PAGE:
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Tuesday, April 29, 2014

The formerly rundown property at 211 Park St. has been repurposed as upscale, rustic Rail Epicurean Market / P17

Youth Assistance Program celebrates Westfield students’ work / P3

Westfield High School to present second American Pie show / P9

Residential Customer Local ECRWSS

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Take the first step to reduce your risk of falling. Get a free 15-minute balance check. Call 317.873.8840 to schedule an appointment or visit iuhealth.org/balancescreening for more info. Š2014 IU Health 04/14 HY04814_0915

Angel of Hope memorial to honor lost children / P15


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April 29, 2014

Current in Westfield

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April 29, 2014

COMMUNITY

Current in Westfield

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WWS students overcome harsh obstacles

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Current in Westfield reaches 100 percent of the households in 46074 by U.S. Postal Service every Tuesday. For more information about how to reach that audience, call Dennis O’Malia at 370.0749 or e-mail him at dennis@youarecurrent.com.

On the cover

After working at Keltie’s for three years together, Toby and Melanie Miles have opened their own restaurant and grocery at 211 Park St. (Photo by Robert Herrington)

Founded Jan. 29, 2008, at Westfield, IN Vol. VII, No. 18 Copyright 2013. Current Publishing, LLC All Rights Reserved. 30 South Range Line Road Carmel, IN 46032 317.489.4444 info@youarecurrent.com The views of the columnists in Current in Westfield are their own and do not necessarily reflect the positions of this newspaper.

By Robert Herrington • robert@youarecurrent.com

Fourteen Westfield Washington Schools’ students were recognized for their ability to overcome obstacles and become Achievement successful in their life and studies during the Westfield Youth Recognition Breakfast on April 23. The obstacles facing these students varied from those who turned their life around, are role models within their schools, fighting an illness or disease to those who lost a parent or sibling. “They are examples of what we can all learn throughout life. Things I can’t imagine dealing with … I don’t know if I could be that strong,” Mayor Andy Cook said. “The quality of kids you see here, make a real statement as where Westfield is going as a community.” Cook said more than 400 families have been referred to the Westfield program in the past four years. “It takes time and the positive impact is just now beginning to be seen,” he said. The program strives to build a healthy community for tomorrow by extending a helping hand to the youth of today through family assistance, tutoring and mentoring. These programs are available to qualified children needing assistance. “Referrals to juvenile court and the detention system and the numbers of youth involved is dropping,” Cook said. Students honored include: Stephanie Camacho, fourth grade, Carey Ridge Elementary – “Stephanie has demonstrated integrity, compassion and caring as she volunteers to serve as a peer tutor for non-English speaking students,” said Lara Long, teacher. Dacota Cecil, sixth grade, Westfield Intermediate School – “My dad told me about football. He said I needed to be a student before I became an athlete,” he said. Trinity Centeno, senior, Westfield High School –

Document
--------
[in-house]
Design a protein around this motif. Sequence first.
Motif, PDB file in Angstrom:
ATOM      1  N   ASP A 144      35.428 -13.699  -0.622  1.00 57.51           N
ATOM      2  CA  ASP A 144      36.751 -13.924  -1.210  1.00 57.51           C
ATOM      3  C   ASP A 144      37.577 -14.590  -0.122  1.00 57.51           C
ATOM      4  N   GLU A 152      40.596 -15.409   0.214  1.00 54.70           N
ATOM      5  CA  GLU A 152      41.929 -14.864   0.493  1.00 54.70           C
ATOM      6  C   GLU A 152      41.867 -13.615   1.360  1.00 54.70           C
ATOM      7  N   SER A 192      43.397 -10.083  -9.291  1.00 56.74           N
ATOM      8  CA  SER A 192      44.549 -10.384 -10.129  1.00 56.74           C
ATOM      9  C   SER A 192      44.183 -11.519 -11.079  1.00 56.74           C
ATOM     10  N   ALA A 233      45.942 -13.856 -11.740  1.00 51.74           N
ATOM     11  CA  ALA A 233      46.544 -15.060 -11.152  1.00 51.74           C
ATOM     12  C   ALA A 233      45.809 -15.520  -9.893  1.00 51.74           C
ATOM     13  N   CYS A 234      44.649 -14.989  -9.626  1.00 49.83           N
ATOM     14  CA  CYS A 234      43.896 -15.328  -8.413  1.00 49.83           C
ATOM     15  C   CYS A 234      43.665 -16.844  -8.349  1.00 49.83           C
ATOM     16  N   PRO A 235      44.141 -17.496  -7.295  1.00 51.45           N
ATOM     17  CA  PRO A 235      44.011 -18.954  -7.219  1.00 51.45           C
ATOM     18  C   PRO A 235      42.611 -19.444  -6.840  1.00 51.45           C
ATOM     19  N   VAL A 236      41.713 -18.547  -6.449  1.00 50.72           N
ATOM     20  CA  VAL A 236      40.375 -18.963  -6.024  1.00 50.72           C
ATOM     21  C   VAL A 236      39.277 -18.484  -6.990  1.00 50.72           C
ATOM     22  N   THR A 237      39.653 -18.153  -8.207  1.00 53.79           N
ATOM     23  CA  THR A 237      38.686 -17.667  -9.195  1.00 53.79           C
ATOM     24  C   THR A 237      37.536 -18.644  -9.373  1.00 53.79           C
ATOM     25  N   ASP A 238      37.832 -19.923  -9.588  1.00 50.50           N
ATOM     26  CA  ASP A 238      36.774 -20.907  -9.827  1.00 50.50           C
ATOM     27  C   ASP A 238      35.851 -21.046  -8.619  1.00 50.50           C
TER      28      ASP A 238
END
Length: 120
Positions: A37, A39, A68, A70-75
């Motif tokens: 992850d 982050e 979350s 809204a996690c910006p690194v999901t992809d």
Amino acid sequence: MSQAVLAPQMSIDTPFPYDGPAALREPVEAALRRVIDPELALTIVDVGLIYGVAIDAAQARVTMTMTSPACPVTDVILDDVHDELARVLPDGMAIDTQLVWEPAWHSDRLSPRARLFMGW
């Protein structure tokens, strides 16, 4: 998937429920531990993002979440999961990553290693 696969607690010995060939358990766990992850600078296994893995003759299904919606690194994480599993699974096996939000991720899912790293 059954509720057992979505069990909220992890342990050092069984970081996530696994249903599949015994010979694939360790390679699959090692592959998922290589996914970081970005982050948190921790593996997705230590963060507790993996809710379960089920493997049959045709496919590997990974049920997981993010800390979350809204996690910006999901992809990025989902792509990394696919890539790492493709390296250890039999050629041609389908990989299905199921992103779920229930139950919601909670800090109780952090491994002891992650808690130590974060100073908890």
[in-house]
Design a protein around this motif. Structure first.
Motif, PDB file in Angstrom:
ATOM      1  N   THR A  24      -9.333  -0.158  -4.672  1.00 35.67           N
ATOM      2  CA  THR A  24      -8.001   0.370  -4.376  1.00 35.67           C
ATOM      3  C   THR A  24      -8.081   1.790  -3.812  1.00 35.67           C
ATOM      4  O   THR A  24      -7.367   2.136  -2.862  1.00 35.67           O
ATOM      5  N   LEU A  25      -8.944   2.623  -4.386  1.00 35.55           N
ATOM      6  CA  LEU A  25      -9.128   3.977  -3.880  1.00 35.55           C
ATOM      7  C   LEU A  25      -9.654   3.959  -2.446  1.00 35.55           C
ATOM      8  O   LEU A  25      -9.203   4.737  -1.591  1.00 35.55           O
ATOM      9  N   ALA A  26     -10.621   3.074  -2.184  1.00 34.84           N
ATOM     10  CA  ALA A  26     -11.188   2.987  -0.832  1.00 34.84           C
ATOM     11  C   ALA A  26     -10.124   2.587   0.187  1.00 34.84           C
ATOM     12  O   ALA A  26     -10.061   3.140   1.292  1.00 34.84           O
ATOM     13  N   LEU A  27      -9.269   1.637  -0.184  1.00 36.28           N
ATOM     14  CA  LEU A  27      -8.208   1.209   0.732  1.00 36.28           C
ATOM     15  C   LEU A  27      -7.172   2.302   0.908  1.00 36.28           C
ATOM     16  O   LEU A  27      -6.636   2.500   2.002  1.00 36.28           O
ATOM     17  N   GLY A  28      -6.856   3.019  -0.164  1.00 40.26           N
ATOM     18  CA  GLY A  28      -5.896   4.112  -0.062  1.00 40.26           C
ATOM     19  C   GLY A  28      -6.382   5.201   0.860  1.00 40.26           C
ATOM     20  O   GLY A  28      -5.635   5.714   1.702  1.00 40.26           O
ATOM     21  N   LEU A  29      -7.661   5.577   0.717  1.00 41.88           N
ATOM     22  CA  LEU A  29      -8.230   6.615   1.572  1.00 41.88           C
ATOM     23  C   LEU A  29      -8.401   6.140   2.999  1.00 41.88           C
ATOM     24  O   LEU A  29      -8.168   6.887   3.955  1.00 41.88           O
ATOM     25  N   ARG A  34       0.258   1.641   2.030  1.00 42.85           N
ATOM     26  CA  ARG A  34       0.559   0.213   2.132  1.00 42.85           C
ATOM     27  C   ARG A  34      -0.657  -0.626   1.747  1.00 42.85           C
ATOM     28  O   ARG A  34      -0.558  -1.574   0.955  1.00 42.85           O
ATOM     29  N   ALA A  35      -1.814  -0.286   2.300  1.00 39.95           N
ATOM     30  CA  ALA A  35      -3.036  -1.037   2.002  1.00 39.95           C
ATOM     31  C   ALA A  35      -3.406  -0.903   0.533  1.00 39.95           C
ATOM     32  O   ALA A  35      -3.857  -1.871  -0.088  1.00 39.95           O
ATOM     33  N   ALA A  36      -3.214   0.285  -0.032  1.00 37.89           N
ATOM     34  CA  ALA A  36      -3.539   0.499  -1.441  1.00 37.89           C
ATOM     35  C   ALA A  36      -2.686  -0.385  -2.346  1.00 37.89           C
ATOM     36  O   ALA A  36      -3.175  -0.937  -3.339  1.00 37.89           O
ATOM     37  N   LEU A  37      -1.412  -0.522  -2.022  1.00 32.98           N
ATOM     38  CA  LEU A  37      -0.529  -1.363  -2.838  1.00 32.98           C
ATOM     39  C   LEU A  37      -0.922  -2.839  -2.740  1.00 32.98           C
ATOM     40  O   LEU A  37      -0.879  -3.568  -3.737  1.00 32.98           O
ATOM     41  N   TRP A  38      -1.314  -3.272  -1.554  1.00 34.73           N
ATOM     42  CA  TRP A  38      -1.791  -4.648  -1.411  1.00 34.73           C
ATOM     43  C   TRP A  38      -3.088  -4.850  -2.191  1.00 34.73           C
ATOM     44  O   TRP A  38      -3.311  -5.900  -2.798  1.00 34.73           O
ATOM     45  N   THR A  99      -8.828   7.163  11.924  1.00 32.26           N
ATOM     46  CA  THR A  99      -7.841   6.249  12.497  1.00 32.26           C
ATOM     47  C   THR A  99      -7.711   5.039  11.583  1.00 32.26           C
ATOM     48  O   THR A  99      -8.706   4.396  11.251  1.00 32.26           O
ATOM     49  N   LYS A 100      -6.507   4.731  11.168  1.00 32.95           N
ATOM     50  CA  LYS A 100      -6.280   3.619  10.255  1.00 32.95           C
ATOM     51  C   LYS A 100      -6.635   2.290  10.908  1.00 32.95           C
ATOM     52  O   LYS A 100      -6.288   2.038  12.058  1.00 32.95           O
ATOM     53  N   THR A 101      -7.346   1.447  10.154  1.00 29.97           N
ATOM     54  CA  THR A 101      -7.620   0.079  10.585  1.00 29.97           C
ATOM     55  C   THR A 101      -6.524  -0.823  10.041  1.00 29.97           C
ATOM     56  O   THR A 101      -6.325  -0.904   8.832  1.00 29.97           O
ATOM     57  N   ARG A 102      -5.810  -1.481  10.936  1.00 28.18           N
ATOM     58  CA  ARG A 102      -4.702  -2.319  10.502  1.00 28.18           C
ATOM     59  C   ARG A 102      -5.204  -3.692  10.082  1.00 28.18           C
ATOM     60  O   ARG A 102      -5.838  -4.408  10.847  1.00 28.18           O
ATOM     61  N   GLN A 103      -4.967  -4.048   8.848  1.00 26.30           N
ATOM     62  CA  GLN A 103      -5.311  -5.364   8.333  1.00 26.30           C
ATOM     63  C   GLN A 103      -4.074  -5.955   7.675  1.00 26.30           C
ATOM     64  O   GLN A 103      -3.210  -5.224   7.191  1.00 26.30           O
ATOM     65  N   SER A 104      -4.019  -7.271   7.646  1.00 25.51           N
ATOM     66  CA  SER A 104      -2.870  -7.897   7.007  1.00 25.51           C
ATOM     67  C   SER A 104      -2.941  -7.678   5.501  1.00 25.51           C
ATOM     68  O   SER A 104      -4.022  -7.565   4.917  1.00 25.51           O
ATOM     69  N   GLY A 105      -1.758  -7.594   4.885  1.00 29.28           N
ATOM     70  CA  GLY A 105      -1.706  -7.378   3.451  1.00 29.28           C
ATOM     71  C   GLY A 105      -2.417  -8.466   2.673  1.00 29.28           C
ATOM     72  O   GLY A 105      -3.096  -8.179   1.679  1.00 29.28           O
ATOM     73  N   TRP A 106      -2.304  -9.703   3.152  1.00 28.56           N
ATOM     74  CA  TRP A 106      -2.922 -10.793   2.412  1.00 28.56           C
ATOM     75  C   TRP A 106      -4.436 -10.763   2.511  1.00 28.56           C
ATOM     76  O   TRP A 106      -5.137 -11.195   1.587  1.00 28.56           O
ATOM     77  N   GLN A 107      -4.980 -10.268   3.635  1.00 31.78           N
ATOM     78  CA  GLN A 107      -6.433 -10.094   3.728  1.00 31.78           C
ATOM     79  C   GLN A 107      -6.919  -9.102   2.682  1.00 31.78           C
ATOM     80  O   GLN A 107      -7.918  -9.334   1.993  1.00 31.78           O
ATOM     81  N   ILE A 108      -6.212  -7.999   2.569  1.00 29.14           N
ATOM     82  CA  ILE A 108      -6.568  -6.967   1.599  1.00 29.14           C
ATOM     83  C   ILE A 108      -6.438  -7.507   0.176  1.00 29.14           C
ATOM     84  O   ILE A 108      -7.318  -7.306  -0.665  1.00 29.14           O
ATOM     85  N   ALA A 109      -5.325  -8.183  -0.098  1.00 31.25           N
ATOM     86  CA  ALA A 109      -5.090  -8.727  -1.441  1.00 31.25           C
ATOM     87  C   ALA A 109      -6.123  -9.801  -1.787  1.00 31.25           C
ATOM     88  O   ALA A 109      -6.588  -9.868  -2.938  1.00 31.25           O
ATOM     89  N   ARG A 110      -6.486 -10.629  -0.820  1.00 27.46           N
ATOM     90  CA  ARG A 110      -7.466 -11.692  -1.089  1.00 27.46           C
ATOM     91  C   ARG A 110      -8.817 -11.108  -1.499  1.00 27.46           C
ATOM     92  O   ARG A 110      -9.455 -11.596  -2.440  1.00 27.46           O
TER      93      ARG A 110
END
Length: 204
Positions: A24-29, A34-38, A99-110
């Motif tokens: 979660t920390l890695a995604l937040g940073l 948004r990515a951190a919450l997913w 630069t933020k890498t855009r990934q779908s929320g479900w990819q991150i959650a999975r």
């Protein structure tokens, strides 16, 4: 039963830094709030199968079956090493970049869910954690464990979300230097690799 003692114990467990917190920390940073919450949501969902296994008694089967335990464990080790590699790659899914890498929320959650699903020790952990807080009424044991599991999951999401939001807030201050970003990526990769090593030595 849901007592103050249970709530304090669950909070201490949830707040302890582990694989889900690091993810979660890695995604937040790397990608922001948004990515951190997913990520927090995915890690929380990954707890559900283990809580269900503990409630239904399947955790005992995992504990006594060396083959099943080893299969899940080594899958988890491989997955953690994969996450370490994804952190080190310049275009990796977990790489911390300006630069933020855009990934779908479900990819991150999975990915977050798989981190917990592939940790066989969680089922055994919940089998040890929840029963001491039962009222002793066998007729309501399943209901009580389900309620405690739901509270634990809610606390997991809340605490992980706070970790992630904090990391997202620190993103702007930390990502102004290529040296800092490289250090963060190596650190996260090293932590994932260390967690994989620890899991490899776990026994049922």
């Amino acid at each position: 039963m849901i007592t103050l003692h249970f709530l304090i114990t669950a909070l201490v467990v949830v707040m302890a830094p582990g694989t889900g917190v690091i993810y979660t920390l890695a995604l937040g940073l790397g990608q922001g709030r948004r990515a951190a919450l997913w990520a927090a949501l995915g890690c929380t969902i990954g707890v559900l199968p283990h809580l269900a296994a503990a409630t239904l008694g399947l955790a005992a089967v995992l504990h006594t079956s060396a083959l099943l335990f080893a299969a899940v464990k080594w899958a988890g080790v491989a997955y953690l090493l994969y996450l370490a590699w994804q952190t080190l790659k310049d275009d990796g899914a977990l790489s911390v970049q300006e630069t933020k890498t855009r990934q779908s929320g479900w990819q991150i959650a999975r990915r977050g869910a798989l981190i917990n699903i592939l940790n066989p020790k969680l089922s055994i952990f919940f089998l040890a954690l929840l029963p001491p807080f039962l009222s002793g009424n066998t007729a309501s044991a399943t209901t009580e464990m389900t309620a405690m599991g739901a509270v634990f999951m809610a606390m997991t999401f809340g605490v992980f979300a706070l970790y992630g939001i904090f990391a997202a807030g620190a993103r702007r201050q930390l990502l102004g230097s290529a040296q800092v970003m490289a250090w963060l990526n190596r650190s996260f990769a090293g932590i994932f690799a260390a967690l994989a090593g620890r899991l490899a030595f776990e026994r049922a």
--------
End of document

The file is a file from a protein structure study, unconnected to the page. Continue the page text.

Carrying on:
DISPATCHES

Have a news tip? Want to submit a calendar event? Have a photograph to share? Call Robert Herrington at 489.4444 ext. 206 or e-mail him at robert@youarecurrent. com. You may also submit information on our website, currentinwestfield. com. You can find the Contact Us form under About Us in the upper-left corner. Remember our news deadline is typically eight days prior to publication.

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Front row, from left: Trinity Centeno, Cora Maine, Ryan FauntLeRoy, Stephanie Camacho, Hunter Lancaster, Eyler Smiley and Dacota Cecil. Back row: Mayor Andy Cook, Kyle White, Jacob McKinney, John Michael Labellarte, Mark Kaleimamahu, Lauren Long, April Durrett, Cassidie Deason and Hamilton County Superior Court Judge Steven Nation. (Photo by Robert Herrington)

“Trinity deserves to be noticed for finding personal integrity and courage to continue striving to graduate from high school when everything around her seems to have collapsed,” said teacher, Nikki Davis. Cassidie Deason, fifth grade, WIS – “Other students gravitate to her as she is known for her positive attitude, sense of humor and just overall cuteness,” Kathleen Schrader, teacher, said. April Durrett, senior, WHS – “April is anything but common. She is the most dedicated and intuitive individual I’ve ever met,” teacher Kurt Frederick said. Ryan FauntLeRoy, third grade, Monon Trail Elementary – “He wanted to make the right choices. He wanted to excel,” principal Mike Hall said. Mark Kaleimamahu, eighth grade, Westfield Middle School – “I never heard him say I can’t, don’t want to or don’t know how,” teacher Jill Allen said. John Michael Labellarte, senior, WHS – “Despite an advise home life, John Michael has coped by stepping up and taking responsibility by working 18 hours a week, caring for his brother and achieving in school while maintaining a vigorous course load with Advanced Placement classes,” Becky Sond-